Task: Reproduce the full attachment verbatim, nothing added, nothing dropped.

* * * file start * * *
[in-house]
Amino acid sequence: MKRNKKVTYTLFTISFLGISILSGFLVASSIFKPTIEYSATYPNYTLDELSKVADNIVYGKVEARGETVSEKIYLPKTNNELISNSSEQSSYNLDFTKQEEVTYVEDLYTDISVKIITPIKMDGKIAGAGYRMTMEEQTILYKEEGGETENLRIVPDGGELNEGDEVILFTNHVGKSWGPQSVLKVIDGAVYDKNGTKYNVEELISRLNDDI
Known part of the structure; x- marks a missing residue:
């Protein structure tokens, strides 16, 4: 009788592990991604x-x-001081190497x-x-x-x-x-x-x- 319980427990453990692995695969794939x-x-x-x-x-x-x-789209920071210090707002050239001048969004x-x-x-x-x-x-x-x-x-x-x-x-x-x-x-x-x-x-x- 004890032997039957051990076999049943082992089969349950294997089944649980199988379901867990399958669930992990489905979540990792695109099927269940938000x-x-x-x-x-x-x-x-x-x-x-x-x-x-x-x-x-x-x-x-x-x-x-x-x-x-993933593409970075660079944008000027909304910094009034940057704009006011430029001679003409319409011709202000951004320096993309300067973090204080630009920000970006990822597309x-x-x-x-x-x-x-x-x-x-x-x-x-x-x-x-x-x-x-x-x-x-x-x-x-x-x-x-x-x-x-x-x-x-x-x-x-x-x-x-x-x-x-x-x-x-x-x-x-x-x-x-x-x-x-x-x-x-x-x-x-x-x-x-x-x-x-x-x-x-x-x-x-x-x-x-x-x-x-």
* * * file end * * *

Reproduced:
[in-house]
Amino acid sequence: MKRNKKVTYTLFTISFLGISILSGFLVASSIFKPTIEYSATYPNYTLDELSKVADNIVYGKVEARGETVSEKIYLPKTNNELISNSSEQSSYNLDFTKQEEVTYVEDLYTDISVKIITPIKMDGKIAGAGYRMTMEEQTILYKEEGGETENLRIVPDGGELNEGDEVILFTNHVGKSWGPQSVLKVIDGAVYDKNGTKYNVEELISRLNDDI
Known part of the structure; x- marks a missing residue:
């Protein structure tokens, strides 16, 4: 009788592990991604x-x-001081190497x-x-x-x-x-x-x- 319980427990453990692995695969794939x-x-x-x-x-x-x-789209920071210090707002050239001048969004x-x-x-x-x-x-x-x-x-x-x-x-x-x-x-x-x-x-x- 004890032997039957051990076999049943082992089969349950294997089944649980199988379901867990399958669930992990489905979540990792695109099927269940938000x-x-x-x-x-x-x-x-x-x-x-x-x-x-x-x-x-x-x-x-x-x-x-x-x-x-993933593409970075660079944008000027909304910094009034940057704009006011430029001679003409319409011709202000951004320096993309300067973090204080630009920000970006990822597309x-x-x-x-x-x-x-x-x-x-x-x-x-x-x-x-x-x-x-x-x-x-x-x-x-x-x-x-x-x-x-x-x-x-x-x-x-x-x-x-x-x-x-x-x-x-x-x-x-x-x-x-x-x-x-x-x-x-x-x-x-x-x-x-x-x-x-x-x-x-x-x-x-x-x-x-x-x-x-």